They screamed and scrambled, scurrying across the deck like bugs, and there was a memory there though I had no wish to delve deeper to find it. One by one, I killed them, leaving them strewn out across the deck, pale and bloodless. It was brutal and vicious, and I felt better for it. The world became sharper, more real, and I returned to myself in small measures. I was a starved man fed, and it felt bloody good. I looked up from the helm and pointed the young ship south. The world was as I had left it when I died, and no compass could tell me anything I did not already know. I knew in my heart, or in my head, but I knew where I was and where I was going. However, what I was looking for would remain a mystery for sometime.

Aboard the ship I stayed, dressed in a pair of pilfered trousers, until the stench of rotted flesh began to be to much. The waters welcomed me back, but this time, I did not delve deep into her murky depths. No, I swam her surface tirelessly.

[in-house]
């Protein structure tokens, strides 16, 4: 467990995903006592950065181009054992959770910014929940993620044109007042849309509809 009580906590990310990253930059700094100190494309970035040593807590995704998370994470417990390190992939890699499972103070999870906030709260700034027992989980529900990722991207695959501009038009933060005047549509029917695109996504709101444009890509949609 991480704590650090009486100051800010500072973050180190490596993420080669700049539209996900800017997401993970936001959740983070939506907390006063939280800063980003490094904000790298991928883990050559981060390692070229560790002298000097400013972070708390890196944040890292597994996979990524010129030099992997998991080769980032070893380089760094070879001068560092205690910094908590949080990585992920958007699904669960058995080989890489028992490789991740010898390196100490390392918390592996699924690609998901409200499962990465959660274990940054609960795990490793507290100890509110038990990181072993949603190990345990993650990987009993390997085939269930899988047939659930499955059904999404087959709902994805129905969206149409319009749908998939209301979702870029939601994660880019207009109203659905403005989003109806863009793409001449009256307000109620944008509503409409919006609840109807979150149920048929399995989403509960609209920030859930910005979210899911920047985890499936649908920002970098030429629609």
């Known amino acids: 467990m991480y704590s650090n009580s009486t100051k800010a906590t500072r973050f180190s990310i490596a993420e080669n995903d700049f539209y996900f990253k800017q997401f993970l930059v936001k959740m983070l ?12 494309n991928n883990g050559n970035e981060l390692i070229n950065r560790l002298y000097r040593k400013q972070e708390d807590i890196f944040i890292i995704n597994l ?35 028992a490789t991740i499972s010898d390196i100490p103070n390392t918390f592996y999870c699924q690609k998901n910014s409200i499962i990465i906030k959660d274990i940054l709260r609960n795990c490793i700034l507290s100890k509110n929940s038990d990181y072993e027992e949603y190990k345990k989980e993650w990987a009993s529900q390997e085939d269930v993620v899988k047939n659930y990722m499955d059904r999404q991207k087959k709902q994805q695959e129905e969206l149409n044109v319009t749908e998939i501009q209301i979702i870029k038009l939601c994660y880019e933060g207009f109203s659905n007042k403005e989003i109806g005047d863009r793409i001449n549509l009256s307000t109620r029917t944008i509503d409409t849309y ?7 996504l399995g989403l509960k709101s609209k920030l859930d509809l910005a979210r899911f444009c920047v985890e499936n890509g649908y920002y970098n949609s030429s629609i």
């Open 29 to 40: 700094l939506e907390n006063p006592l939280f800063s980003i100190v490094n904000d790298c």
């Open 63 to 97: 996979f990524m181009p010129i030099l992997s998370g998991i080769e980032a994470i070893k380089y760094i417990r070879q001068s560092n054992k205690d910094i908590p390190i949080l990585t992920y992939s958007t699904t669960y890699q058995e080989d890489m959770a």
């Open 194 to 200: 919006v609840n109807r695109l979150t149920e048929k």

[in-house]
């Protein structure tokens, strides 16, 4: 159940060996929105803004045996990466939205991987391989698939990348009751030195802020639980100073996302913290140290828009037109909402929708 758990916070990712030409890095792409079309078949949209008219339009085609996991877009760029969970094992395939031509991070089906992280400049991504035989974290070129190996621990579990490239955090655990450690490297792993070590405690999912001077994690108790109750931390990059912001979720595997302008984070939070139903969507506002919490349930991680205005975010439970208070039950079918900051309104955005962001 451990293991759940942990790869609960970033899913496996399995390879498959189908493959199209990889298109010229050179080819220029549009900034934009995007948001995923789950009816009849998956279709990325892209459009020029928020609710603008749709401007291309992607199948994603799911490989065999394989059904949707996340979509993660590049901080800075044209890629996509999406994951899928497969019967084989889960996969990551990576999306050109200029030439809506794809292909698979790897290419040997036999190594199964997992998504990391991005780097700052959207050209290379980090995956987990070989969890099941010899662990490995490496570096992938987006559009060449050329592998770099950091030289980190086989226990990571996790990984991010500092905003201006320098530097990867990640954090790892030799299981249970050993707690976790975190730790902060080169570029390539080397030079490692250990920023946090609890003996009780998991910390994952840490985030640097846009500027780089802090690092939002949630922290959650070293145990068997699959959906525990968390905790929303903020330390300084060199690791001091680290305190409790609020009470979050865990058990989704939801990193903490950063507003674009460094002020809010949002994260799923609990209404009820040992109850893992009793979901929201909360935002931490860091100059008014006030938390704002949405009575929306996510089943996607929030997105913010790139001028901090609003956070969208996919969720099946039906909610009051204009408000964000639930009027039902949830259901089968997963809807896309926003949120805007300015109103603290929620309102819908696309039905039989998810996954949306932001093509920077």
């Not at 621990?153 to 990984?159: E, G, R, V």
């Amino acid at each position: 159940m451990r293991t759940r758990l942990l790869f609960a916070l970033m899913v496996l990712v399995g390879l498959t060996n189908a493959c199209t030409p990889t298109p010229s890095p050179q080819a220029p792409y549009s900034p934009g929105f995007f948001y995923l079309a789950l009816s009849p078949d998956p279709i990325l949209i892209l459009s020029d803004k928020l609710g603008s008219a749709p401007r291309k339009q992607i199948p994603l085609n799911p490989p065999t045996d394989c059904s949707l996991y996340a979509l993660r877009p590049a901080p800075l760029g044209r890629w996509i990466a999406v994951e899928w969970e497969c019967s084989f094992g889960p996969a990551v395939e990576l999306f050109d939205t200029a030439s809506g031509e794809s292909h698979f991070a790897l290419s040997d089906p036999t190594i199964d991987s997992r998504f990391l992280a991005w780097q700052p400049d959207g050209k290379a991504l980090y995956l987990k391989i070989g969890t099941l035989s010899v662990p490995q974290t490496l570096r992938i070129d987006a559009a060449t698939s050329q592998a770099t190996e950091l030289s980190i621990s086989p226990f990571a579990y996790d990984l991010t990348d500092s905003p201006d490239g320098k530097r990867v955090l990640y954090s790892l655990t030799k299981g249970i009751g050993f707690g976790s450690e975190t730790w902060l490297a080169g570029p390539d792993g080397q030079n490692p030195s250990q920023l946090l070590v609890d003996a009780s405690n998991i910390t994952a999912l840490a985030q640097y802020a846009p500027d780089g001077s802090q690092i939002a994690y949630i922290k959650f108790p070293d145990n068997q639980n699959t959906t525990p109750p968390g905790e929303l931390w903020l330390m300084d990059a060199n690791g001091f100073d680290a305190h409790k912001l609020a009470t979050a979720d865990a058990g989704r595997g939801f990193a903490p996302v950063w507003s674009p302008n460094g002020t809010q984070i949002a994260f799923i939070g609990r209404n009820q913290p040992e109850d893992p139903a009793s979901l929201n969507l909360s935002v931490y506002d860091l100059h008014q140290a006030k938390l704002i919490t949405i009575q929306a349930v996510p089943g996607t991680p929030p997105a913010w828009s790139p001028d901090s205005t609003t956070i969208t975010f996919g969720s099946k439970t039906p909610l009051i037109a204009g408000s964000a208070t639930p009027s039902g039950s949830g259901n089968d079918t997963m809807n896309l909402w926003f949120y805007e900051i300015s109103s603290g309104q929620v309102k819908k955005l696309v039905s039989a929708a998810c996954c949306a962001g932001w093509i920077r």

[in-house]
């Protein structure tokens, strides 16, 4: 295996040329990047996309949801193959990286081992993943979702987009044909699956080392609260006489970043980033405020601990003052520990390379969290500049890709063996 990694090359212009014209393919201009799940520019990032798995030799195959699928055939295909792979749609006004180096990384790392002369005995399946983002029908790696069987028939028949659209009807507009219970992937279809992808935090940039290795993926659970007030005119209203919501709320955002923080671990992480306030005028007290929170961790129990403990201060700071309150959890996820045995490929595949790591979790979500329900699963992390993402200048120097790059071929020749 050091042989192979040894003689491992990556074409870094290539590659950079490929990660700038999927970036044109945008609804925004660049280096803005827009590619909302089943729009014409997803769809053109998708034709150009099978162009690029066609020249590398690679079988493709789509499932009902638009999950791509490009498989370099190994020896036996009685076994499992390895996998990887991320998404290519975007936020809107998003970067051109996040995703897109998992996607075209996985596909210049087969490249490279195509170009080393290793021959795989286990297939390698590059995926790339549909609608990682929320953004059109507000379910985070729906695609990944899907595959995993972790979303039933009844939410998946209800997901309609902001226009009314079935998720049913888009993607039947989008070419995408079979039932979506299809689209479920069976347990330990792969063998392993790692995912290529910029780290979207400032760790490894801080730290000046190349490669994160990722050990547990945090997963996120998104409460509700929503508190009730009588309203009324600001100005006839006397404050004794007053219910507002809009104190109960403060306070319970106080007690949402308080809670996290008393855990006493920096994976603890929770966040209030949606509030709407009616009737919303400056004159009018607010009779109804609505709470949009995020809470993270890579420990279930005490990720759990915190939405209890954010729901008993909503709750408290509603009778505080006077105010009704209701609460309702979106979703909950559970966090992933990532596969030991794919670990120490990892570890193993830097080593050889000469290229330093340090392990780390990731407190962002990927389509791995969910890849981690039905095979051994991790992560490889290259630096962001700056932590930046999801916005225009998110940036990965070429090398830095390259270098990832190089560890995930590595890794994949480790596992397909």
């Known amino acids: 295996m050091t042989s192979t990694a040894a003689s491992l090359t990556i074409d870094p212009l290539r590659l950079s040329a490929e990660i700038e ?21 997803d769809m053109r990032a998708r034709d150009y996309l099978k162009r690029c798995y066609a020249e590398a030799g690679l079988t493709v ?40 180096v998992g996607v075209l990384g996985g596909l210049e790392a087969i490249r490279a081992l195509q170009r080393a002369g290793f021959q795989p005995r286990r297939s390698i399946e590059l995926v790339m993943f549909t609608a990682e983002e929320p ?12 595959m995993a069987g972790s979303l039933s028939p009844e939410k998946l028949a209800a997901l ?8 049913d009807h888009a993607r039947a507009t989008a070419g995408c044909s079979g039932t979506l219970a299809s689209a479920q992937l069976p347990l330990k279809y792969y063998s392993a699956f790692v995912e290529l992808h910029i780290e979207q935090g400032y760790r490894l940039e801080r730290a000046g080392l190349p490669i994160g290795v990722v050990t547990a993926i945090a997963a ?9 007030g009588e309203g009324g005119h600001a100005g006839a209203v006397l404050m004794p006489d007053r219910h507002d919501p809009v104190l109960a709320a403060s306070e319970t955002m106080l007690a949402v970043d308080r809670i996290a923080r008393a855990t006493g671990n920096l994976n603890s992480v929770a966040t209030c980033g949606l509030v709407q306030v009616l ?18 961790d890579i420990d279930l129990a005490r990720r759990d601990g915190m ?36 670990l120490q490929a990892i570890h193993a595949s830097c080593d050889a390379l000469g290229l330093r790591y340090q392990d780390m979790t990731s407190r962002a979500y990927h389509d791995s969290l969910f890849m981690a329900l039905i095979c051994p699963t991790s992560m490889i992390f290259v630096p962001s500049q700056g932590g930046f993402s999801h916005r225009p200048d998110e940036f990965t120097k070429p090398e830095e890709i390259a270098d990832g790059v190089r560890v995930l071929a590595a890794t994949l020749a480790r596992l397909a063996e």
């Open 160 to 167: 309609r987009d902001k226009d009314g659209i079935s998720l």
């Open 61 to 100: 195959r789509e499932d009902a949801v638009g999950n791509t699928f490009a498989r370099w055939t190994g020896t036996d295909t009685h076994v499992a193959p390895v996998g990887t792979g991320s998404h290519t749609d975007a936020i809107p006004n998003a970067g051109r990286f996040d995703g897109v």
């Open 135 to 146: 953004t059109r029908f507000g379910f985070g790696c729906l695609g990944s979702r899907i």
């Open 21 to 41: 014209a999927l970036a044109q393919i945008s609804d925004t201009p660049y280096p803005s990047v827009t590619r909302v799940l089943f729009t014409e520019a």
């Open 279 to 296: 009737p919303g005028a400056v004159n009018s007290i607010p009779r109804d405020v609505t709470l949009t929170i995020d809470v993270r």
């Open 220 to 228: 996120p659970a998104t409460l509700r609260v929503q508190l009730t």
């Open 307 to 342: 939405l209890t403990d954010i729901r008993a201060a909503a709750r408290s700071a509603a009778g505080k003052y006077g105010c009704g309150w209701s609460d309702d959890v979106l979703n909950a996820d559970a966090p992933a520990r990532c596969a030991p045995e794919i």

It became my life; swimming and killing. I had found myself caught in a circle. I would be fine when it was just water, when the fire of my throat was little more then a niggling annoyance. But the winds would change, showering me in the calling scent, and I would be a man done for. Control, a long lost friend of mine, had abandoned me as surely as every one else; the want consumed me, became me, till I was the beast I'd been reborn.

Years passed, and I slaughtered crew after crew, to deep in my spiral to see anything but mutiny and death. I killed pirates and men of Queen-and-Country alike, sparing little remorse for either. Slaughter, chaos, vicious brutality, I painted the oceans read for decades, earning my Myth as most vicious beastie of the sea, though hey had no name for me, to fearful to invoke my rage. No matter where I had ventured to, a ship could never escape me, for I could find them all with the simple want to do so.

It would be the day I followed a ship to closely to shore that changed me. Over the countless years, I had, it seemed, developed a measure of self control. More as like, when at last my feet touched the ground, I was to gorged on sailors to be lured by the musky scent of deckhands.